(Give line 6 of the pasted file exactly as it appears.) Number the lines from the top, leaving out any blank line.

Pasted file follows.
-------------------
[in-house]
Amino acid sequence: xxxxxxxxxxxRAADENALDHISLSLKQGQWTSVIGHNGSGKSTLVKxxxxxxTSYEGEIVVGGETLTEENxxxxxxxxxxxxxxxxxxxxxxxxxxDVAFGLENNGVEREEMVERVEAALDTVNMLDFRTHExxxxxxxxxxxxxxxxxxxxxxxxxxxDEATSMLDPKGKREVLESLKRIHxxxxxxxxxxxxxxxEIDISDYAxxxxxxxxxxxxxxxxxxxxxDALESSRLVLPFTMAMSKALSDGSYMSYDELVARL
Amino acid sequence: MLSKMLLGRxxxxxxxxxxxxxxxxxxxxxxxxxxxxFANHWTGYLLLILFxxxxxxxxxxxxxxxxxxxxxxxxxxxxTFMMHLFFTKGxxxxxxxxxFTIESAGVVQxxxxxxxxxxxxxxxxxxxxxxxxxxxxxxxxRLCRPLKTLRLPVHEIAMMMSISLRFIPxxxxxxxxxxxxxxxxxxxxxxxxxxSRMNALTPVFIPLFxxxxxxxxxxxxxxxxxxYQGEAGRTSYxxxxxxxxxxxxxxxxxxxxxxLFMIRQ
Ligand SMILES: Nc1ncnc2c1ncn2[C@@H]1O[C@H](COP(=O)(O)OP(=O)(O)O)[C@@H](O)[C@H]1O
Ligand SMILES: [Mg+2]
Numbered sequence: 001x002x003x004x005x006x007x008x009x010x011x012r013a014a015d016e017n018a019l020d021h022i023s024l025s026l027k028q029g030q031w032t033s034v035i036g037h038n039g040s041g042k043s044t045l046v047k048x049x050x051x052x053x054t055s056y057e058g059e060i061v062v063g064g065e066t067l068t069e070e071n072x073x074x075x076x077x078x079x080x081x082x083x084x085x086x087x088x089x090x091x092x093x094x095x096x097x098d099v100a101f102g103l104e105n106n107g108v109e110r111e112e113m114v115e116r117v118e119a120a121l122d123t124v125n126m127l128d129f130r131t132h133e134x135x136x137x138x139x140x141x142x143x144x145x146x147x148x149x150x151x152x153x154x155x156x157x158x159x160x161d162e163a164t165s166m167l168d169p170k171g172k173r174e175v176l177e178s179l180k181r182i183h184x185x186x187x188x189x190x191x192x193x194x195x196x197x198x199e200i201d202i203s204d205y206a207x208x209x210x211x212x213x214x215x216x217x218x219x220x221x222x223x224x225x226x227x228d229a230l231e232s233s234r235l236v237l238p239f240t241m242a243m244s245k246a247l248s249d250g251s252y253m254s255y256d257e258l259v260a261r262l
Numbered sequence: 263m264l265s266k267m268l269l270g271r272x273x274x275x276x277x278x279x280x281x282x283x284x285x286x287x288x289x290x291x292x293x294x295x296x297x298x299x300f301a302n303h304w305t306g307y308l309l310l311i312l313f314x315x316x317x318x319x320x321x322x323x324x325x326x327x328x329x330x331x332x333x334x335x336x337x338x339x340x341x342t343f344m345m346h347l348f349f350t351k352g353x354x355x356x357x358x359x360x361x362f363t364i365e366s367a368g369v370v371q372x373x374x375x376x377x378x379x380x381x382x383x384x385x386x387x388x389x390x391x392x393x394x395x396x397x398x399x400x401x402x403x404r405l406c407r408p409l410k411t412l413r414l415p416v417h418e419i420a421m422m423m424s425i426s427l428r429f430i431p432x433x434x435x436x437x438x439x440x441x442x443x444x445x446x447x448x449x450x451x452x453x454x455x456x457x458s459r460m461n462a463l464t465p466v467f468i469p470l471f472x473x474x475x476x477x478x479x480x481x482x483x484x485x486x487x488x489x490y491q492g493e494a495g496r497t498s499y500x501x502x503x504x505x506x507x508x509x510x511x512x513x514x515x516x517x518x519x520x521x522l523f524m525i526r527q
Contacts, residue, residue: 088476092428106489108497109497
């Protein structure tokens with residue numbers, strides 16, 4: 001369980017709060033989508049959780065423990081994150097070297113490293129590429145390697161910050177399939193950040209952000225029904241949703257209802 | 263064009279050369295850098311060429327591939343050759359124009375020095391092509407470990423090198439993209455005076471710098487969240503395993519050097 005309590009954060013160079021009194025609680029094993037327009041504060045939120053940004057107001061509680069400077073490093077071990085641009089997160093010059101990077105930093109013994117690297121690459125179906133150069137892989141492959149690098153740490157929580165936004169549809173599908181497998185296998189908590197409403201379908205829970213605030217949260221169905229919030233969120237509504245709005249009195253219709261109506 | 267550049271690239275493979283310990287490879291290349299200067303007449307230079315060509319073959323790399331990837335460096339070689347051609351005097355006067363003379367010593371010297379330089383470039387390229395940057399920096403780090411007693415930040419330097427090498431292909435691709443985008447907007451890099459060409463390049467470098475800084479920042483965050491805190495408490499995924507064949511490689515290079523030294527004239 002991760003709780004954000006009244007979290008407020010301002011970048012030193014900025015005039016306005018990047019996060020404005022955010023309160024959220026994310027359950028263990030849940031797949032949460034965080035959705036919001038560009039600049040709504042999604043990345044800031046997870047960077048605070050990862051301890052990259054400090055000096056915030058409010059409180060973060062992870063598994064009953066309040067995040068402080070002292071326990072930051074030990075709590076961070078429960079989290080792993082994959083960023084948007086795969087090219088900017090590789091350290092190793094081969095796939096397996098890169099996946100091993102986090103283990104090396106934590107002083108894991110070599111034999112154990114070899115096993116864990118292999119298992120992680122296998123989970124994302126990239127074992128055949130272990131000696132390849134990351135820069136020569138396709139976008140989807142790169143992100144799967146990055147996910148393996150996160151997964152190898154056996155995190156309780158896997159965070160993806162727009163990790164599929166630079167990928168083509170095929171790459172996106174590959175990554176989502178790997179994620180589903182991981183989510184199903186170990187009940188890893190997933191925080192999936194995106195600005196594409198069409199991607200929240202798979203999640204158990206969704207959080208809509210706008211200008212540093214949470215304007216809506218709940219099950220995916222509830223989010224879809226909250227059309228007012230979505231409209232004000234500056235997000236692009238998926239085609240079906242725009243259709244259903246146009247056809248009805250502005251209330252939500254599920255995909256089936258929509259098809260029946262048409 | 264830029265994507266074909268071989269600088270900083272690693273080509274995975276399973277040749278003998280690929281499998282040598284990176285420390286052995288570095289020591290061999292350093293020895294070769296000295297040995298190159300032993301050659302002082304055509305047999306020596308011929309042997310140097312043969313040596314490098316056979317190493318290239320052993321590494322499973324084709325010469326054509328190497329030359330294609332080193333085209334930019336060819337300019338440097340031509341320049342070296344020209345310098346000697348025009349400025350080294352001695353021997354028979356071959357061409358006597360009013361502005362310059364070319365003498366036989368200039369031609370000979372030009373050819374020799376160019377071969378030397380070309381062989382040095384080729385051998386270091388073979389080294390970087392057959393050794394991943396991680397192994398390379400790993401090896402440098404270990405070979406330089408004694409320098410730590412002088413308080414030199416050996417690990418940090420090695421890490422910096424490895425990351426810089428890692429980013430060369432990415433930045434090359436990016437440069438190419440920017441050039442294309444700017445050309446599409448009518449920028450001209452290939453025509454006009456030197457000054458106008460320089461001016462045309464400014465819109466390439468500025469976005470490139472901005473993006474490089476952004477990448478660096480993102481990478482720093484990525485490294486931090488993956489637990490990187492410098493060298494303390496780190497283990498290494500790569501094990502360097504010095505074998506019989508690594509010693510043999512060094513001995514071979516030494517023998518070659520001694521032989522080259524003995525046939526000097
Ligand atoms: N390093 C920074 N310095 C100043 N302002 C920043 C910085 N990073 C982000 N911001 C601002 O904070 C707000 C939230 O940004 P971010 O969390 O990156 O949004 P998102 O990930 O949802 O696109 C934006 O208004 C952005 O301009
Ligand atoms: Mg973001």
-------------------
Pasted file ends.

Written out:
Numbered sequence: 001x002x003x004x005x006x007x008x009x010x011x012r013a014a015d016e017n018a019l020d021h022i023s024l025s026l027k028q029g030q031w032t033s034v035i036g037h038n039g040s041g042k043s044t045l046v047k048x049x050x051x052x053x054t055s056y057e058g059e060i061v062v063g064g065e066t067l068t069e070e071n072x073x074x075x076x077x078x079x080x081x082x083x084x085x086x087x088x089x090x091x092x093x094x095x096x097x098d099v100a101f102g103l104e105n106n107g108v109e110r111e112e113m114v115e116r117v118e119a120a121l122d123t124v125n126m127l128d129f130r131t132h133e134x135x136x137x138x139x140x141x142x143x144x145x146x147x148x149x150x151x152x153x154x155x156x157x158x159x160x161d162e163a164t165s166m167l168d169p170k171g172k173r174e175v176l177e178s179l180k181r182i183h184x185x186x187x188x189x190x191x192x193x194x195x196x197x198x199e200i201d202i203s204d205y206a207x208x209x210x211x212x213x214x215x216x217x218x219x220x221x222x223x224x225x226x227x228d229a230l231e232s233s234r235l236v237l238p239f240t241m242a243m244s245k246a247l248s249d250g251s252y253m254s255y256d257e258l259v260a261r262l